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Fuel and the landscape

 As the price of oil and gas has gone up, and up, wood burning stoves have become the thing to have.   And as woodburning stoves have become popular, wood which previously had no economic value has become worth paying money for. 

Here in the Tamar Valley, there is a lot of land which until recently was more or less economically valueless.  It was ex-mining land, covered in hazel, beech and oak plus in some places the leftovers of old orchards, or small conifer plantations that someone thought might make a few bob once upon a time.   The fields are steep and small, and some of them are probably contaminated as well: access is poor and there are areas of woodland that exist pretty much because it wasn't worth anyone's time to keep the land cleared. 

Now the wood is worth the effort, people have started to cut the hedges (today I saw overgrown oaks in a hedge cleared that must have been fifty years old at least) and clear the coppices.   It will be interesting to see if this change persists and results in a move to more traditionally coppiced woodland, or if the land is cleared once then put to some other purpose. 

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( 4 comments — Leave a comment )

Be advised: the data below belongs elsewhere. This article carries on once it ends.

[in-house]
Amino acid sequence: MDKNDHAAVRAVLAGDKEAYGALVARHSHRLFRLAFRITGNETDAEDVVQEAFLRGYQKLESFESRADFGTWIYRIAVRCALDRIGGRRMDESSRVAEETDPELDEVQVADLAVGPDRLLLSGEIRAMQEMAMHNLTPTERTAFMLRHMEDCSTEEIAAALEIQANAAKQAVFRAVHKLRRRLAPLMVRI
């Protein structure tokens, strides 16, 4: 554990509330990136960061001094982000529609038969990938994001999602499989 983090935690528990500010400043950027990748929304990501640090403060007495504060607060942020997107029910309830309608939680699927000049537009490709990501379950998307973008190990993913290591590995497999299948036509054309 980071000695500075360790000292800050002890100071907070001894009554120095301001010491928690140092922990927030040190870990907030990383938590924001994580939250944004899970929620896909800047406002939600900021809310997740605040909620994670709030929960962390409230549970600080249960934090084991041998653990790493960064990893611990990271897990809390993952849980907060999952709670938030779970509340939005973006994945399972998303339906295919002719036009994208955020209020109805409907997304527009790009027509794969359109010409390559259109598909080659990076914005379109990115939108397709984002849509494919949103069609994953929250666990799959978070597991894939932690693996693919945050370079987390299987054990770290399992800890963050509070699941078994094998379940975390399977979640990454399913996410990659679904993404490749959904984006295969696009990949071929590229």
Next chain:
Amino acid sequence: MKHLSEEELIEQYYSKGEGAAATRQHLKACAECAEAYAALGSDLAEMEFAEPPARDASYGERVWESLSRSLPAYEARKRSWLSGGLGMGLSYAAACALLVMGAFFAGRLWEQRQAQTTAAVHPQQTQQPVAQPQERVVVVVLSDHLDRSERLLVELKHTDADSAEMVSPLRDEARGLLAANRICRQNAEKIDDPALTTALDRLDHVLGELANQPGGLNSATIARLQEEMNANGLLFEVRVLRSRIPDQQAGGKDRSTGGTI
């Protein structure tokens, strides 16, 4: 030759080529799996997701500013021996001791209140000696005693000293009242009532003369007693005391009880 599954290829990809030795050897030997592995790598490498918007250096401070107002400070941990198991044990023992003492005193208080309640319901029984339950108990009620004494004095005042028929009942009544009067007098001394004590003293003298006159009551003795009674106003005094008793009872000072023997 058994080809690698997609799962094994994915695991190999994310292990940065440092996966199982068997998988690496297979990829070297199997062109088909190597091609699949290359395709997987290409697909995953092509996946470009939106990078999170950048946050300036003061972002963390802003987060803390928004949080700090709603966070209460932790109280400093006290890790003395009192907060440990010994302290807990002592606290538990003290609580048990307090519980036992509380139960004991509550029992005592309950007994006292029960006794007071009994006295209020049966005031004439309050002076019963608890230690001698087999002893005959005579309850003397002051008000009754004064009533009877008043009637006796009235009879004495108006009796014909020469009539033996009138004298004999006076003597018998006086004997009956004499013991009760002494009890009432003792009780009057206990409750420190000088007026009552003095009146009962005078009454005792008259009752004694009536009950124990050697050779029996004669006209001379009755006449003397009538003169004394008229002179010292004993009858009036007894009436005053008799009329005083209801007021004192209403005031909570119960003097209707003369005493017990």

puddleshark
9th May, 2011 11:48 (UTC)
Most of the large-scale coppicing around here seems to be done by conservation bodies to encourage biodiversity, rather than commercially. I wonder if it will become possible to earn a living by coppicing again? I know a few gardeners with chainsaws who do a little coppicing on the side, but that's more to supplement their income.

Last winter I saw people gathering dead wood from the common for the first time ever... I haven't seen anyone resorting to furze-cutting yet though.
bunn
9th May, 2011 12:28 (UTC)
It's fascinating to see the effect of this price change on the land (if a little sad to see large oaks and beeches felled for firewood in the springtime!)

Move to a more peasant lifestyle? My neighbours on the right now have pigs and chickens, and those on the left have ducks...

Bit worrying though, there are so many more houses and people to heat than there were in the days of coppicing as a costeffective business practice.
puddleshark
9th May, 2011 16:04 (UTC)
Yes, shades of Easter Island - will there be enough wood to go around when the oil runs out? And there's already a definite drop in the air quality on a cold, still winter evening.
endlessrarities
14th May, 2011 15:50 (UTC)
Fascinating post! And the mention of Easter Island sent a wee shiver down my spine...
( 4 comments — Leave a comment )

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